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Biomechanical reasons for bipedalism in reptiles

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image of Amphibia-Reptilia

Bipedal locomotion can be observed in numerous species of recent tetrapodal reptiles which usually have well developed tails and hindlimbs while the forelimbs are considerably shorter and weaker than the hindlimbs. It is commonly used when the reptiles move at the highest possible speeds of locomotion. The different development of the extremities is a common feature among recent reptiles that can be understood as an adaptation to quick acceleration. Additionally it reduces the interference of fore-and hindlimbs at high speeds. We present some biomechanical arguments to show how and why bipedalism can facilitate quick running in recent reptiles in which the hindlimbs are much longer and stronger than the forelimbs. Our main arguments can also be applied to some dinosaurs.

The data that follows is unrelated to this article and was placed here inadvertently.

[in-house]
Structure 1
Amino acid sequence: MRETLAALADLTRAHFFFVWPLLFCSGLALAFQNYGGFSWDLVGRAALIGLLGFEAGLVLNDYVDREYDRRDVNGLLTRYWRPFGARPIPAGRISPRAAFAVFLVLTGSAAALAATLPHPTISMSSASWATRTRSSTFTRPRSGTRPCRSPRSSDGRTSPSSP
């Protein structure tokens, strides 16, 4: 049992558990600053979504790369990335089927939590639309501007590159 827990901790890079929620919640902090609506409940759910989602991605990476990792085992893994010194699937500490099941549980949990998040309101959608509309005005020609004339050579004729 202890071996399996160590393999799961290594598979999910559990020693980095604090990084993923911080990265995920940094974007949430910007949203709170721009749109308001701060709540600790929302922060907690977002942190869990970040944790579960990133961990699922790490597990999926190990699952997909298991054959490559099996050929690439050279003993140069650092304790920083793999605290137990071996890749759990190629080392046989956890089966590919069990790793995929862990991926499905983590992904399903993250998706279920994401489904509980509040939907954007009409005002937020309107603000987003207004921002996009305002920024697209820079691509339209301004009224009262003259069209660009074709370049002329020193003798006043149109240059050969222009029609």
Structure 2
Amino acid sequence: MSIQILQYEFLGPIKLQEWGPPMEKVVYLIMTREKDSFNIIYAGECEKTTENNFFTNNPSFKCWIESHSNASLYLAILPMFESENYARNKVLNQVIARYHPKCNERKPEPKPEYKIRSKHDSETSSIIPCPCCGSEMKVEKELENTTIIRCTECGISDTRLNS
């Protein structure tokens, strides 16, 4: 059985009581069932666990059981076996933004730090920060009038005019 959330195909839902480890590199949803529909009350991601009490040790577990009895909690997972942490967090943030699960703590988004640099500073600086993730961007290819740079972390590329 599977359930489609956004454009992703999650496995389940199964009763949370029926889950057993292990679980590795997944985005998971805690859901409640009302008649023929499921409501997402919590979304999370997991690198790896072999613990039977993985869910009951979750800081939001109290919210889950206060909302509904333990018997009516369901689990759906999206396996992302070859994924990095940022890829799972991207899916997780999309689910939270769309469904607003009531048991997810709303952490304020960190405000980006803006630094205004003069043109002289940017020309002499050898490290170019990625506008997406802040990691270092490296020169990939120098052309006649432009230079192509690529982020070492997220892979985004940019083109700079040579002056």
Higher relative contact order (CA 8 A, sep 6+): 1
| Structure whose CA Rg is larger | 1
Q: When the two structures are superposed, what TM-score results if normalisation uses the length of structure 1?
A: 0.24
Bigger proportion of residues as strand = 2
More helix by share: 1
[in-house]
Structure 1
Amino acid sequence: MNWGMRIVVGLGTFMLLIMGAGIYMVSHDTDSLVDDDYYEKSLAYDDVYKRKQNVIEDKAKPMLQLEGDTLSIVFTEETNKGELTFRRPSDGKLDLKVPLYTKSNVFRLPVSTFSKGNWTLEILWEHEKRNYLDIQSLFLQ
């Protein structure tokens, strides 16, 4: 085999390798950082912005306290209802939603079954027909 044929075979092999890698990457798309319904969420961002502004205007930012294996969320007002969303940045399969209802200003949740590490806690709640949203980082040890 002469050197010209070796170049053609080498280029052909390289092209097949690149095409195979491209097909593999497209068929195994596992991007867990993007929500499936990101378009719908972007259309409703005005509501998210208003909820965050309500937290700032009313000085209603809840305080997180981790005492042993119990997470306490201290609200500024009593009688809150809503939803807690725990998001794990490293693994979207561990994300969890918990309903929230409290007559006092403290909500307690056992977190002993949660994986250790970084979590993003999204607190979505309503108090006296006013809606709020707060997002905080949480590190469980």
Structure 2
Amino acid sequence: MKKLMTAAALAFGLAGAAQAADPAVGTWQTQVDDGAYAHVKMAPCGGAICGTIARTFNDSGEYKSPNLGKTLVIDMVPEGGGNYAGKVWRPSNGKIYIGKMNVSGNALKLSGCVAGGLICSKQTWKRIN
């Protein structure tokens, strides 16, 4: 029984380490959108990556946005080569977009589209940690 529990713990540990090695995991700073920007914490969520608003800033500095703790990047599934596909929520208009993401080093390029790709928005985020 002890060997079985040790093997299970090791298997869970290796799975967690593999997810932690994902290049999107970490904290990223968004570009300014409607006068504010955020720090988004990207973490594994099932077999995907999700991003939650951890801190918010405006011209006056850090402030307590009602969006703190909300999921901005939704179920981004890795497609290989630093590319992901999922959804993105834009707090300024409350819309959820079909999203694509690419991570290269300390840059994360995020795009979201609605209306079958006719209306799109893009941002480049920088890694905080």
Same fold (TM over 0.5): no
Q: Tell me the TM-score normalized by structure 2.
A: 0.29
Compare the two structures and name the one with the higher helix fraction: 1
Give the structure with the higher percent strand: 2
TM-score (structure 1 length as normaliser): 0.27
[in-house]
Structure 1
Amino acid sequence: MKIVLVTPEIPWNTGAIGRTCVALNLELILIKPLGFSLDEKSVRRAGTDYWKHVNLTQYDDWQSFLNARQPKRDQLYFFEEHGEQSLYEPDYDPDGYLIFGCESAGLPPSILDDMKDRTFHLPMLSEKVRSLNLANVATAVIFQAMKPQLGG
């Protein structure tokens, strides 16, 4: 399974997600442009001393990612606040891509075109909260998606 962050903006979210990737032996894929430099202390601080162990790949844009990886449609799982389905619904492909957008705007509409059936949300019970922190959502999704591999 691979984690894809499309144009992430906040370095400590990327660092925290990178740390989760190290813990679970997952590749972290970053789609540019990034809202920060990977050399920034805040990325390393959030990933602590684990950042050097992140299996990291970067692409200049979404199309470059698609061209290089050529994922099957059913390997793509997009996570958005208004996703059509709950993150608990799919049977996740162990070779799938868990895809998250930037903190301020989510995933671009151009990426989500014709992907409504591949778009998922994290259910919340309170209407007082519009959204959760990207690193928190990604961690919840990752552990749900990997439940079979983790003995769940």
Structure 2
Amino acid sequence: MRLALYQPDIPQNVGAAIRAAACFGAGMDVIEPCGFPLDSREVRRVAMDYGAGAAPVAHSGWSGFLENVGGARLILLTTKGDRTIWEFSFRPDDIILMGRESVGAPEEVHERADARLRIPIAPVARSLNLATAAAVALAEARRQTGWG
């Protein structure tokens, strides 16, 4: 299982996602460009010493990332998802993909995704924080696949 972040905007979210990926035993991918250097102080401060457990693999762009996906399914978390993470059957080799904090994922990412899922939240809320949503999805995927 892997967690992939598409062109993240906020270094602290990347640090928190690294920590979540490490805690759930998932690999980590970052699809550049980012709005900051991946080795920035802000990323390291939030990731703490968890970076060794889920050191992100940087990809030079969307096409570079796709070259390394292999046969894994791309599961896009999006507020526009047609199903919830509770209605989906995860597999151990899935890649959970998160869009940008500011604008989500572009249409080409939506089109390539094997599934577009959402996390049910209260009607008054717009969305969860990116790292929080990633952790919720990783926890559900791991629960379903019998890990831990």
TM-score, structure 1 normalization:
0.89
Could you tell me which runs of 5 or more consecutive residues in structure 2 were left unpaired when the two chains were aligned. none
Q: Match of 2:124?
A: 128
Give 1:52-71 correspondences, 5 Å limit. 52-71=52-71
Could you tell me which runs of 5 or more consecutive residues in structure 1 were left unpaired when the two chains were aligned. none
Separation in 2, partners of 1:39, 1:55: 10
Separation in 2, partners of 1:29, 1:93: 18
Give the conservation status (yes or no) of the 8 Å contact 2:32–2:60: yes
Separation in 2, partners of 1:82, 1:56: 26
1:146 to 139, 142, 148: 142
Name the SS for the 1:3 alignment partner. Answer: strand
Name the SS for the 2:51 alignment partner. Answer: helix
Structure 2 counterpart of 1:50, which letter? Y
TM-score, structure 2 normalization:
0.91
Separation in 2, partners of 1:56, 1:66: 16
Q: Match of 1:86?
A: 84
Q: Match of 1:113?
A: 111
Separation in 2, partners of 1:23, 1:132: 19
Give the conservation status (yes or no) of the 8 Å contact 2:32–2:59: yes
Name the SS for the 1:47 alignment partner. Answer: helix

Affiliations: 1: Institut für Anatomie, Ruhr-Universität Bochum, D-44780 Bochum, Germany


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